The idea is, if you have a skill trained, you get to add you attribute bonus to the roll. If you are untrained, you have to roll the d20 Raw. Skills just determine when you can add your attribute bonus.
I system a friend of mine and myself started to put together had collections of skills. Let me explain.
Category (arm length):
- Rapier (int)
- Long Sword (dex)
Category (arm’s reach):
- Knife (int)
- Tomahawk (str)
- Bowie (dex)
- Each category had 3 dots. The players would have to fill each dot for that category before they could specialize.
- Upon specialization, can add one skill from associated list
- Each weapon had a select number of specialization available
- Some specialization could be stacked up to a designated limit
- The purpose of each weapon was to allow each skill (str, dex, int, etc) to have a favorite weapon. The mages were biased towards rapier.
- Ranges were: contact, knife, long sword, pole arm, ballistic
Personally I’m becoming less enthralled with skills. Areas of interest is a little more interesting for me because skills end up being too finite.
I think I’ve seen that somewhere.
Another approach would be to let the player roll 2D10 for a skill his character is proficient in. It’s obviously not the same curve as a D20, but it helps sell that the PC is skilled in something.
I may post my homebrew skills here, I just need to write about them! Cheers!
I like using “wheelehouses” rather than lists of discreet skills. For example, a farmer knows a lot about weather, seasons, making tools, and negotiating prices.
That said, this is a nice simple mechanic, and fairly intuitive.
This is how I would do it as well. In fact I would ask characters to come up with three key words about their background at character creation. Three general things they know a lot about. Any time a check might call on something related to it they can argue for an advantage (But it’s not guaranteed). They could be highly specific, or generalized, but should not be super general like “History” or “Religion”.
I rule skills differently. There’s two levels of skill: good at and really good at.
Things a character are good at are never hard.
Things a character are really good at are always easy.
Keeps it clean on the math side.
I’ve moved away from skills and into something like Merl mentioned above. At creation a character has some traits and a background (yakked from Knave). They choose an ability for some of these traits, such as background. Anytime that trait would be beneficial when attempting something, they get to roll easy. Anytime that trait would be a disadvantage they roll hard. A Hunter background should be better at tracking and finding shelter in the wild than your typical adventurer. But that same Hunter may have troubles when dealing with normal city folk.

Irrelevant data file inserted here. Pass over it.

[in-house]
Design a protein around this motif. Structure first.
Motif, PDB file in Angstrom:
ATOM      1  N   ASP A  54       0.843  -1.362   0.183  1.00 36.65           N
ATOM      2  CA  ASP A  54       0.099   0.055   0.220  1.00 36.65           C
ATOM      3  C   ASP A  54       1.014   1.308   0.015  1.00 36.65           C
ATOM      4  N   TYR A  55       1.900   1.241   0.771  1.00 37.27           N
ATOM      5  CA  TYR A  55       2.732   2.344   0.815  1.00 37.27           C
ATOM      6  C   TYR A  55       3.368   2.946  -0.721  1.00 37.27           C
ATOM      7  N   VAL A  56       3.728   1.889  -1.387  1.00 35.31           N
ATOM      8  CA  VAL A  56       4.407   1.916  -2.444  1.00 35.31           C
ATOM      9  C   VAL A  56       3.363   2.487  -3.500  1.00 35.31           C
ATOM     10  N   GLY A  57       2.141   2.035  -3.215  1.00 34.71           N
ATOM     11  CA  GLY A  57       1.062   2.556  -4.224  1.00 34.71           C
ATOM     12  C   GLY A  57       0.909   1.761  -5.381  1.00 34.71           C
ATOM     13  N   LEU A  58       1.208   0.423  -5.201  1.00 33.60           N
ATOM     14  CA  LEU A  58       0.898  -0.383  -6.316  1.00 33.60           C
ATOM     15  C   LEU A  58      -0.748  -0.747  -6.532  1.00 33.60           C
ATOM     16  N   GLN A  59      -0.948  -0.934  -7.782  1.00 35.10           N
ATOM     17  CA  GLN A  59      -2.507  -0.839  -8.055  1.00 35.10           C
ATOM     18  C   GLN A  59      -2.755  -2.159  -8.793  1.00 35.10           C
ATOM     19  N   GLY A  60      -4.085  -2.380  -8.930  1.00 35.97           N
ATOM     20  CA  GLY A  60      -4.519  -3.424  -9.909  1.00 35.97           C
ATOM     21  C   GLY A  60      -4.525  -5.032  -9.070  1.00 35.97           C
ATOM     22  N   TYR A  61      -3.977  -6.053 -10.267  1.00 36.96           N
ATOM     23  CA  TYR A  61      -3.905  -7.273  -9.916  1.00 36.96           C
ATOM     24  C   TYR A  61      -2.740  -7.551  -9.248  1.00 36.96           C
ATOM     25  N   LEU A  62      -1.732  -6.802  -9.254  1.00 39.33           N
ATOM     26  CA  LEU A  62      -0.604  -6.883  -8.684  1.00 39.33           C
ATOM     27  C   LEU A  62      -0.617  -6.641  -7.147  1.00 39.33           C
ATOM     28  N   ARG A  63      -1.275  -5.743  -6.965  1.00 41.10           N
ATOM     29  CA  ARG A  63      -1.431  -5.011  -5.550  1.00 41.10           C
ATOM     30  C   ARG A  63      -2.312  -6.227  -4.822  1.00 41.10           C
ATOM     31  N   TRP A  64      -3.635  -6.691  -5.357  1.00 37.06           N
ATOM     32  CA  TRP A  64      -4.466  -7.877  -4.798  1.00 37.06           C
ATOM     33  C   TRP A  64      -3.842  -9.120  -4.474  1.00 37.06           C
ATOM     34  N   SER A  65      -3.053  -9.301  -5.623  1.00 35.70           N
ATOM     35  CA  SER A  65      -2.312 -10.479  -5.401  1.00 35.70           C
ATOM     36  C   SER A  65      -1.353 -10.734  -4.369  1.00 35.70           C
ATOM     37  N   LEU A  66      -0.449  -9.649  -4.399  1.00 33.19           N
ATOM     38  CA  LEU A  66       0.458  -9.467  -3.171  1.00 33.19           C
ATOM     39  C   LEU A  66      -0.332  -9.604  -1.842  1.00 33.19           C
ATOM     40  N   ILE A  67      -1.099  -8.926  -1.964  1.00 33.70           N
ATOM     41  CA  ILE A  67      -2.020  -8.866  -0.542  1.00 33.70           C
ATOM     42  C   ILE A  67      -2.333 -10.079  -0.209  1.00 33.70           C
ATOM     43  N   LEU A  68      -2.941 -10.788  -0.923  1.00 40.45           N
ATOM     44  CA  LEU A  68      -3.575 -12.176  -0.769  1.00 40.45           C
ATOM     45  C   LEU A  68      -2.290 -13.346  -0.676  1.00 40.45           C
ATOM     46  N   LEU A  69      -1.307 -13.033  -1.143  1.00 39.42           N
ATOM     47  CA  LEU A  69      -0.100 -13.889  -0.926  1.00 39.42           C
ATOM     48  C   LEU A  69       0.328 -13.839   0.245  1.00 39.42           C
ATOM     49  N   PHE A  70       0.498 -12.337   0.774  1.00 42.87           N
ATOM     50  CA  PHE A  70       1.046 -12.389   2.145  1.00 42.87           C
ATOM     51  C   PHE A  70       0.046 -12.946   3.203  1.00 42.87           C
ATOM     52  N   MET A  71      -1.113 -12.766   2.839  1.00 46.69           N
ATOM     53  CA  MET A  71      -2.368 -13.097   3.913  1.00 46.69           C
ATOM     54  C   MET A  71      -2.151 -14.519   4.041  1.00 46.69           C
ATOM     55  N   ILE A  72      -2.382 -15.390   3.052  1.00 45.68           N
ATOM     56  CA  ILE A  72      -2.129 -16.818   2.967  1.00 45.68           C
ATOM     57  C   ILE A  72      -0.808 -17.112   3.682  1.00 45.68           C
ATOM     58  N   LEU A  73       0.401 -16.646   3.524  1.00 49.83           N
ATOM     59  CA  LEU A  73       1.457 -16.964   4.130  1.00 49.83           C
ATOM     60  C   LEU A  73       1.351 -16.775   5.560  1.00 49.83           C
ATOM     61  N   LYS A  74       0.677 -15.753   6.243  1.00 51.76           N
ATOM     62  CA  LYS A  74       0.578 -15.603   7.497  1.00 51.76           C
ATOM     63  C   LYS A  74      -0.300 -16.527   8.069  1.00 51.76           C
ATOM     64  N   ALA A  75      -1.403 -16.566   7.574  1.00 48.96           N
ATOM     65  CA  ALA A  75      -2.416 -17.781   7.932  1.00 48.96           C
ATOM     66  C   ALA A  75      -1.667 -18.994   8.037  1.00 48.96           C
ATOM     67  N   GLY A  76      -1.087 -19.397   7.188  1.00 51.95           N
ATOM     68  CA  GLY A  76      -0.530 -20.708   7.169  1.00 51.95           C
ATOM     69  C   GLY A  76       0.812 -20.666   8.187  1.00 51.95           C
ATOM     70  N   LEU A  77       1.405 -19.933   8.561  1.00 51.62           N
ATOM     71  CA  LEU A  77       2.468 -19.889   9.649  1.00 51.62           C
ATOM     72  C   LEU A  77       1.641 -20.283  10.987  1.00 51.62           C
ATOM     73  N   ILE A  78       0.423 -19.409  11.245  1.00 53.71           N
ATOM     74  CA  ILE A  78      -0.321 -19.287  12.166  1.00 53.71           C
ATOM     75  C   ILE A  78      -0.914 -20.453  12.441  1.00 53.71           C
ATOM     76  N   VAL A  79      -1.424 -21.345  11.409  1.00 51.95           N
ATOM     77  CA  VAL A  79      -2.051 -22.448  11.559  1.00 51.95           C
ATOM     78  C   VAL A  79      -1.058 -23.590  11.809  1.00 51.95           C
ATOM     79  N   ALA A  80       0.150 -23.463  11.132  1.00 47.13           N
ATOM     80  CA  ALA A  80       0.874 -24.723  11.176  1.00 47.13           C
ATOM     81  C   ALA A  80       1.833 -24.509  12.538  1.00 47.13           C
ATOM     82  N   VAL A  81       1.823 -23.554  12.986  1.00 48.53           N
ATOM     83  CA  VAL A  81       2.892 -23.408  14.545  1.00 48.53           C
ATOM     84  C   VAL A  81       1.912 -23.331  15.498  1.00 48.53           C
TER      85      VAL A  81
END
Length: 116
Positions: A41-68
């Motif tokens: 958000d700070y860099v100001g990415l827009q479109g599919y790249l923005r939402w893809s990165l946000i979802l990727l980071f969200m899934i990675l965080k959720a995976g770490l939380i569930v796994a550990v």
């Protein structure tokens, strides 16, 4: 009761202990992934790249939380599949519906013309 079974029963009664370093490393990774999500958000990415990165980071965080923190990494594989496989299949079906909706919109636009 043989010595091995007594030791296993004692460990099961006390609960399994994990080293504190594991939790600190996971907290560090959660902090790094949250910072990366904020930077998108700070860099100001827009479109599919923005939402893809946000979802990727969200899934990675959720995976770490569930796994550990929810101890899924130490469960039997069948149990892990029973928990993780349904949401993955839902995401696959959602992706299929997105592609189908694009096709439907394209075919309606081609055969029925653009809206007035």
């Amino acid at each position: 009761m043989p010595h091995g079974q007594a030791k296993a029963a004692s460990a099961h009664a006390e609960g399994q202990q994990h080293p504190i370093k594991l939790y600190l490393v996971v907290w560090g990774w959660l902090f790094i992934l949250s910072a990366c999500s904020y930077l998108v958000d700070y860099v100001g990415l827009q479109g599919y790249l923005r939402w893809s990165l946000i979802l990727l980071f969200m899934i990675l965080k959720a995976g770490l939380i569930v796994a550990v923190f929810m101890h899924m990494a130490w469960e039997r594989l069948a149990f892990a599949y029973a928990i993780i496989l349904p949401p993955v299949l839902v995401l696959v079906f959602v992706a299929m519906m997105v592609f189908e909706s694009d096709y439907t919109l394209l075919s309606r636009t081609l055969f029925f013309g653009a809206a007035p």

nice and simple
SKILLS as such, are generally removed from RPG’s for the same reason, and it’s not to save complexity… it’s to keep players’ minds open. Searching for the ‘skill of the moment’ is a newer development (90’s)
I think I feel it is more important in a sci-fi setting, mainly for niche protection. That said, I’m digging the classes in the Quick start. They offer the niche protection I was looking for and I like the mastery counter.
I don’t think you need a discreet skill list even in sci-fi or modern settings; all you need is a couple key words which describe a person’s training: pilot, navigator, engineer, soldier, ambassador, spy, scientist, etc. It condenses so much of the unnecessary crunch of skill lists, and leaves the door open for creative thinking.
I’d like to build on this and ask about “Flow”. (See 'Flow: The Psychology of Optimal Experience (Harper Perennial Modern Classics) Amazon un-affiliated link.)
A quick test for such a system is how long it will take to decide if a value on a sheet is applicable to a story telling situation. With something like: computer systems, piloting, large weapons, personal weapons, vehicle driving, repair general, repair space ships. And so forth. A separate sheet that one can glance down and get a quick answer.
There is a trade off between quickness and absolute. A simulator vs video game. It seems counter-intuitive, but less is more. Quite a few years ago, they began tinkering with building robots being built with three or four transistors instead of microcontrollers. The complex interaction they got from these small circuits would take many lines of code and more than a few software bugs. In essence, it’s ‘fuzzy logic’.
Instead of a finite answer, which our school school system indoctrinates us to use, try a value range. A Grey Scale system and see how that design works out.
You can just rule that you add 1d6 or some other bonus to your normal rolls when you have a relevant skill.
I’ve also been experimenting with replacing effort types with a list of skills (you use skills as effort instead of the normal bonus to attribute rolls)
Isn’t that a bit like proficiency dice? It’s still pretty cool!
And yeah, those skills could work a bit like Savage World?
This question is taken up a tad in this video at the 16 minute mark.
Ultimately I gravitate towards skill based games, but the 5E take on it doesn’t do it the way I like. It seems like a committee meeting compromise.
It works, but not really giving the advantage of skill based games, and adding the disadvantage of sheet complexity/right skill for particular actions.
How a hulking troll in armor with charisma of 3 can’t intimidate its way out of a halfling farm, makes little sense to me.
But much of this is the fault of standardized play, I think.